Aside from reflecting on the beauty and grandeur of the landscape, Tesson also spends time reflecting on his inner life, on the nature of hermitage and the benefits of this kind of life. It is evident that Tesson loved his time in the forest, that he adapted easily to life without the trappings of modern civilisation (though he did have solar panels, electricity and a satellite phone). His writing is clever, funny and at some times ruthlessly cutting, like here where he describes his reflection on the nature of retreat and what it means both for the individual and how it reflects on society:
“A retreat is a revolt. Entering one’s cabin means vanishing from surveillance screens. The hermit erases himself. He sends no more numeric traces, no telephonic signals, no banking data. He divests himself of all identity. He effects a kind of reverse backing, and leaves the Great Game. No need, moreover, to head for the woods. Revolutionary asceticism can adapt to an urban milieu. The consumer society offers the choice to conform to it, and with a little discipline…Surrounded by abundance, some are free to live like pushovers but others may play the monk and stay lean amid the murmur of books, retreating to inner forests without leaving their apartments. In a society of penury, there is no alternative. One is condemned to a state of want, and conditioned by it. Willpower is neither here nor there. A famous Soviet joke says a guy goes into a butcher’s shop and asks: ‘You have any bread?’ Answer: ‘Ah, no, this is the place where we have no meat, so for the place where they have no bread, go next door to the bakery.’ The Hungarian lady who raised me taught me such things and I often think of her. The consumer society is a somewhat vile expression, born of the phantasm of childish grown-ups disappointed at having been too spoiled. They haven’t the strength to reform on their own and dream of being constrained to live in sober moderation.”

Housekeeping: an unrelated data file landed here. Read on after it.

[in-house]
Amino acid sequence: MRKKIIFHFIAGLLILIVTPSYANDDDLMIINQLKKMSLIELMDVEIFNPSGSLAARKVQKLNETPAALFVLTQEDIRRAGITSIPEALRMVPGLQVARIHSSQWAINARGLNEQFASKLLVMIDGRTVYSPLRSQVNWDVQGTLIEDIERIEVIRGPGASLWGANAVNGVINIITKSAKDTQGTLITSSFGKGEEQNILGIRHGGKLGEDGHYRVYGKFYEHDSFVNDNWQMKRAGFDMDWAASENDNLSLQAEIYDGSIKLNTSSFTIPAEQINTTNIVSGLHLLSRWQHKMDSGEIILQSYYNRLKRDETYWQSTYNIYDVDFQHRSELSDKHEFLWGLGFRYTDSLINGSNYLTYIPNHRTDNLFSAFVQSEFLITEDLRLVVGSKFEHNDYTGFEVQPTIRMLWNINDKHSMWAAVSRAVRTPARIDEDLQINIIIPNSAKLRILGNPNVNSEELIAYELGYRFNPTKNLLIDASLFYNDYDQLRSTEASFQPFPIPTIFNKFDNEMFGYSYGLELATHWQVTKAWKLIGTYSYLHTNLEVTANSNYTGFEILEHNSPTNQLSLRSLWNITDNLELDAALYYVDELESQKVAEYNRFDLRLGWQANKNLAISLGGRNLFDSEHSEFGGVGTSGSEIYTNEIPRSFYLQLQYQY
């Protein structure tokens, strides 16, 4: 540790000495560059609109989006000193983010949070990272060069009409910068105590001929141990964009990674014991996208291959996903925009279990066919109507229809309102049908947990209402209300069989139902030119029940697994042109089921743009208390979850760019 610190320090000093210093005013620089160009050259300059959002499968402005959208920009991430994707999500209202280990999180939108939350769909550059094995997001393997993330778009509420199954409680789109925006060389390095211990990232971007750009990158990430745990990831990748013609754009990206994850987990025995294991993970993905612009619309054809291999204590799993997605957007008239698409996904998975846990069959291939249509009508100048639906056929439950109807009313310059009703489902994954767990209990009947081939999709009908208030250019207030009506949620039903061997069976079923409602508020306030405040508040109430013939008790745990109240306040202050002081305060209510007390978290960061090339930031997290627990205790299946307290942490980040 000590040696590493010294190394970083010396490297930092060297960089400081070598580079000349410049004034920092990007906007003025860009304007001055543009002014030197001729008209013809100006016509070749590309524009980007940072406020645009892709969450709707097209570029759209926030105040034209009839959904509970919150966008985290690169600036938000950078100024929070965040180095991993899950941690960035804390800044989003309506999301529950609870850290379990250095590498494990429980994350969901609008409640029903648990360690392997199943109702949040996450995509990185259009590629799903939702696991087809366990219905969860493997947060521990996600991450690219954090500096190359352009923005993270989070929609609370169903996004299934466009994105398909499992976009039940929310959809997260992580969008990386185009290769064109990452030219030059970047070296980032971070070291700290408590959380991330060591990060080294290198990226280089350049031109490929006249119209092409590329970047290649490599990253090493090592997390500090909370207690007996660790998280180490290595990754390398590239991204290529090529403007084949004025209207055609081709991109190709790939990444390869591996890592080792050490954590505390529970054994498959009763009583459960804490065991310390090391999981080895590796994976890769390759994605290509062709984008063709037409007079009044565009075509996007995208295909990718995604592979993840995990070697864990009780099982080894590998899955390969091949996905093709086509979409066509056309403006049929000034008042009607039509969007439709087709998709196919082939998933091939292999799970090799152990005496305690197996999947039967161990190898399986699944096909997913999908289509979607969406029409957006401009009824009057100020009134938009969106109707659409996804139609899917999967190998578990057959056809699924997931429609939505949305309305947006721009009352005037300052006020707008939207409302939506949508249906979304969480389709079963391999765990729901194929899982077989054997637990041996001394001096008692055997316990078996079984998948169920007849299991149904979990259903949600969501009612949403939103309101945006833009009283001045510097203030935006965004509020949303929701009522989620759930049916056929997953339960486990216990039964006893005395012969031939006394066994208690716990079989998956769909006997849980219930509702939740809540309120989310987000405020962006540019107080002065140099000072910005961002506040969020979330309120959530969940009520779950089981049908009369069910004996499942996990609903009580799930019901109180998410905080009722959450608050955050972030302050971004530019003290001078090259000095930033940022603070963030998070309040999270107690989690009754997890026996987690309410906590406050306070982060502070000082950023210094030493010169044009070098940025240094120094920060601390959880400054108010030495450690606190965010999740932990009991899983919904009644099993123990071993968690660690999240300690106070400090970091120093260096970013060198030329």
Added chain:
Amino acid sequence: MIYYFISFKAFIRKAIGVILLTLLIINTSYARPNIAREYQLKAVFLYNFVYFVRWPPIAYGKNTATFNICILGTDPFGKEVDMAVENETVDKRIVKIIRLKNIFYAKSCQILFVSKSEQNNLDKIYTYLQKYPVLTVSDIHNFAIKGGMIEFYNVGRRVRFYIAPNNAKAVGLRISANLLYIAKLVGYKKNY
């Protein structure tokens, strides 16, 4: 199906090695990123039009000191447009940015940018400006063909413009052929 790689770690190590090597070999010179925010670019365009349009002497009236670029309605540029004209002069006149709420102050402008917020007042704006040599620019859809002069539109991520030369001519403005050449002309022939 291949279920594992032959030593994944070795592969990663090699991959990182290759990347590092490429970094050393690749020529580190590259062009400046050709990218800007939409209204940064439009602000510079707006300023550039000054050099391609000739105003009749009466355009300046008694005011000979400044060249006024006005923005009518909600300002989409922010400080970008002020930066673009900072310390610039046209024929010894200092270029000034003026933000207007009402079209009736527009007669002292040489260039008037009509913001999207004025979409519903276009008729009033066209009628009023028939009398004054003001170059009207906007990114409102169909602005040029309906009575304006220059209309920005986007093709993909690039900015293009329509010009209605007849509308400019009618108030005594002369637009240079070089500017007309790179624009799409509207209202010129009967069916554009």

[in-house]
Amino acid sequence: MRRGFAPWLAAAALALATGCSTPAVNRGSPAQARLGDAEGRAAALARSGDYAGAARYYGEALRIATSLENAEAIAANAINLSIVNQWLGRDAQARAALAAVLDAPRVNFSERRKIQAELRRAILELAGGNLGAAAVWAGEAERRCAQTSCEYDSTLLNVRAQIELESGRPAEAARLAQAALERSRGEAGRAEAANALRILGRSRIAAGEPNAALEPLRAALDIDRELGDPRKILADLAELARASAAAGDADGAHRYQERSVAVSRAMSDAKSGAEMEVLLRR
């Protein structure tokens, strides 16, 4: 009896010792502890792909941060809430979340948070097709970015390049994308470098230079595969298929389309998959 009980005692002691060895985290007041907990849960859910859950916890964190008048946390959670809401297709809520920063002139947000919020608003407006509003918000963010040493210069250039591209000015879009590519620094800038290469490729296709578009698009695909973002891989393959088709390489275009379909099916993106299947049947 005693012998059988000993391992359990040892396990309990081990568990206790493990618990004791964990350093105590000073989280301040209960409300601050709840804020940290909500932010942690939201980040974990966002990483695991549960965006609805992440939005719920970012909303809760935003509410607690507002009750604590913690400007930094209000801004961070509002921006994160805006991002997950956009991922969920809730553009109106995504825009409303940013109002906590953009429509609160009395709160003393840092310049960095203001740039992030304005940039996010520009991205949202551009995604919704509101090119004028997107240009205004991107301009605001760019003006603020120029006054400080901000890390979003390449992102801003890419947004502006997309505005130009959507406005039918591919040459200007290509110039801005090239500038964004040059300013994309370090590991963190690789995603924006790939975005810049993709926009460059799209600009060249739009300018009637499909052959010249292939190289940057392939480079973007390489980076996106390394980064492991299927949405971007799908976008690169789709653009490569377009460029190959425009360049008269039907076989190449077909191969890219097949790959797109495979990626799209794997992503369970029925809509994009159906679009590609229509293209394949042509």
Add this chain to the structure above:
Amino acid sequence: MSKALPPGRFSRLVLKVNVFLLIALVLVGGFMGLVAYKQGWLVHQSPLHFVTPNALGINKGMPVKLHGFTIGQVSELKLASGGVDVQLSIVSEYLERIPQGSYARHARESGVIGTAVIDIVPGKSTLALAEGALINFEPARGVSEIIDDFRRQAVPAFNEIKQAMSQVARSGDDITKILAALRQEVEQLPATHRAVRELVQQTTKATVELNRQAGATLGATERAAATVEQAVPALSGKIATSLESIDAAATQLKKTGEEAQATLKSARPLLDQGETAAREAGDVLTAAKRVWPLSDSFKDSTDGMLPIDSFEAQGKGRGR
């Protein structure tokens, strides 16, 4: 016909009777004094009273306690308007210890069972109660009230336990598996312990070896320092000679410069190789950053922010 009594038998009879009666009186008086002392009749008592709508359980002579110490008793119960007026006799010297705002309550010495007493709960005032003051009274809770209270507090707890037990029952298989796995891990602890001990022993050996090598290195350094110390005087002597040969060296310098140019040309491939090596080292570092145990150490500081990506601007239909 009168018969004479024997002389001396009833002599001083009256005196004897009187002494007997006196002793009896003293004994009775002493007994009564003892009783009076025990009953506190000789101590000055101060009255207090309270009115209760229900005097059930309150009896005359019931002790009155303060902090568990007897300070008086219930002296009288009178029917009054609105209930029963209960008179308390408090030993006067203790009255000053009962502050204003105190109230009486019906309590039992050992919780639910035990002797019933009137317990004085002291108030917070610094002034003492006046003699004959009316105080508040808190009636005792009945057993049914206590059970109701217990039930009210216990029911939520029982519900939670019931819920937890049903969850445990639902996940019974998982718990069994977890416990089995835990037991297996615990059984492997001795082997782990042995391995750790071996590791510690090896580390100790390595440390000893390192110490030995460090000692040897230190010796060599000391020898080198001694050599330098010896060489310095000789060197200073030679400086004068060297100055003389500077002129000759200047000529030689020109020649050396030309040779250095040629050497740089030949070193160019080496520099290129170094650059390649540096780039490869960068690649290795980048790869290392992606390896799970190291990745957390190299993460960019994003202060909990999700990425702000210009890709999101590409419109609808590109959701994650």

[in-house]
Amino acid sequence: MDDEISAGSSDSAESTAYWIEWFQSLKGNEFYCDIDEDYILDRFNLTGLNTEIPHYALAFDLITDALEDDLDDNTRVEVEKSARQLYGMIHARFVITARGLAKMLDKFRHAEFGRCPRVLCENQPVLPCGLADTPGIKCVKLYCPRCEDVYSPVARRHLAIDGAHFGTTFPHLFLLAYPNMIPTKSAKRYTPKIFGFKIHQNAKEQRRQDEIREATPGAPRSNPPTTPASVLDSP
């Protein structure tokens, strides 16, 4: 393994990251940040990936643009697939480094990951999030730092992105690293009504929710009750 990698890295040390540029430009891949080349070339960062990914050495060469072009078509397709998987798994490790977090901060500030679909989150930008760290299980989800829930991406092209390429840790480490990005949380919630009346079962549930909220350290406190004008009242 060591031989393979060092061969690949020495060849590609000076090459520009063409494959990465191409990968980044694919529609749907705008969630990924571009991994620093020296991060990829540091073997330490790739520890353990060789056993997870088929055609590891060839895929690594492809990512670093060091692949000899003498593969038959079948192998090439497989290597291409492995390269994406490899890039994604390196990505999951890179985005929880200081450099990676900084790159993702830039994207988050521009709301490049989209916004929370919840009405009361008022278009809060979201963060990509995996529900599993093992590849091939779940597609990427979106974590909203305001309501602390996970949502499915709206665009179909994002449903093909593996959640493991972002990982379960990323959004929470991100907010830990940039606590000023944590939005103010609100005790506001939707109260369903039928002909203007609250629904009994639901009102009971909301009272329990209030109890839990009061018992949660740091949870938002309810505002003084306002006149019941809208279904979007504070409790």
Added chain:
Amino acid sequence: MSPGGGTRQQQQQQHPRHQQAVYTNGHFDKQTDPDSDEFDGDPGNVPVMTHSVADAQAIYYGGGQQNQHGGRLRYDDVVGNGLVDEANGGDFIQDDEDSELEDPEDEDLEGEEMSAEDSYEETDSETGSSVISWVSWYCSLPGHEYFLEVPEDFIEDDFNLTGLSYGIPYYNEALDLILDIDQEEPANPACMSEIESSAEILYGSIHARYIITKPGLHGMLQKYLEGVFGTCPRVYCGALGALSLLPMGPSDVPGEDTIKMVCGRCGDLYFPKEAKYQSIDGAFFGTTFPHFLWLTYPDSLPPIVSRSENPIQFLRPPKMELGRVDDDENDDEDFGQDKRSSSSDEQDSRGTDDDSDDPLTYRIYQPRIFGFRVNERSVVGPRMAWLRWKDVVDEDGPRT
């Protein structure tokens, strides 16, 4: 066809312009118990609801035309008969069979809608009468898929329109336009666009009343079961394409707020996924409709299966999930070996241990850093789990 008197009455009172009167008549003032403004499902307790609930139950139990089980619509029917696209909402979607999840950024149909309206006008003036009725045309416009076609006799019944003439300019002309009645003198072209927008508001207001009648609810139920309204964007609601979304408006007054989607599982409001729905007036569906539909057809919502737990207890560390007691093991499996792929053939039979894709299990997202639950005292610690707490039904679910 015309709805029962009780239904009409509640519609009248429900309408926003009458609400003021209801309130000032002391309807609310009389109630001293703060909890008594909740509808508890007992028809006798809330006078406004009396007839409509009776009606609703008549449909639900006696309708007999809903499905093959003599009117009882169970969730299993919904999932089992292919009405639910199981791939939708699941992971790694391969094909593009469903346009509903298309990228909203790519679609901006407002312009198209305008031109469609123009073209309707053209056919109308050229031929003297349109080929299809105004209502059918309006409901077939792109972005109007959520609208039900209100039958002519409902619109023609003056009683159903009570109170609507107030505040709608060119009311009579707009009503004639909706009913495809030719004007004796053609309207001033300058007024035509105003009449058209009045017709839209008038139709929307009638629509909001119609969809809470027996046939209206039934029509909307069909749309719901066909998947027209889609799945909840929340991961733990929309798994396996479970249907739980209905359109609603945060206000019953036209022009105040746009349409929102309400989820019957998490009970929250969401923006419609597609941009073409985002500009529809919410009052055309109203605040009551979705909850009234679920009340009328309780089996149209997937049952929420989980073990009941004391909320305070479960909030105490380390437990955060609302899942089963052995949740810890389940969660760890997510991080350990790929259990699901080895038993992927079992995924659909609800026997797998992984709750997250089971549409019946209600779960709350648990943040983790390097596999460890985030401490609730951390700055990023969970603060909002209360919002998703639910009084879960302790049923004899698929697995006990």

Ouch! There is a lot in my own life that I see reflected in that vicious little paragraph, but perhaps I can learn to play the monk in amongst society after all, denied the more obvious pleasure of a cabin in the woods, an axe, a good supply of tomato ketchup and a fishing rod with which to supply my proteinous needs. It’s a reasonable aspiration.
Consolations of the Forest is most certainly a consoling book. It is gentle and meandering, nothing much happens and you don’t really want it to either. Tesson’s reflections are little moments of calm in a chaotic world, interrupted on occasion by a bear or Russian generals blowing things up on the icy lake. He quaffs vodka with relish and smokes a cigar and enjoys watching the sun go down, or the clouds over the lake, or hiking to the top of a nearby mountain and camping in the open. It’s all very blissful (except when it’s not), and I can’t help feeling just that little bit jealous, much as I did when reading Annie Dillard’s Pilgrim at Tinker Creek, on reading about someone who granted themselves the luxury of spending a little time entirely by themself, unencumbered by the demands and expectations of society, reading, thinking, reflecting and learning a little about who they are and what they really need. I can’t do that, not right now, but in the meantime I can still enjoy the pleasure of reading about it. Dubai might be a distant, frenetic dream, but Tesson’s cabin in the taiga will be remain a little anchorage of peace and calm in my memory for a long, long time.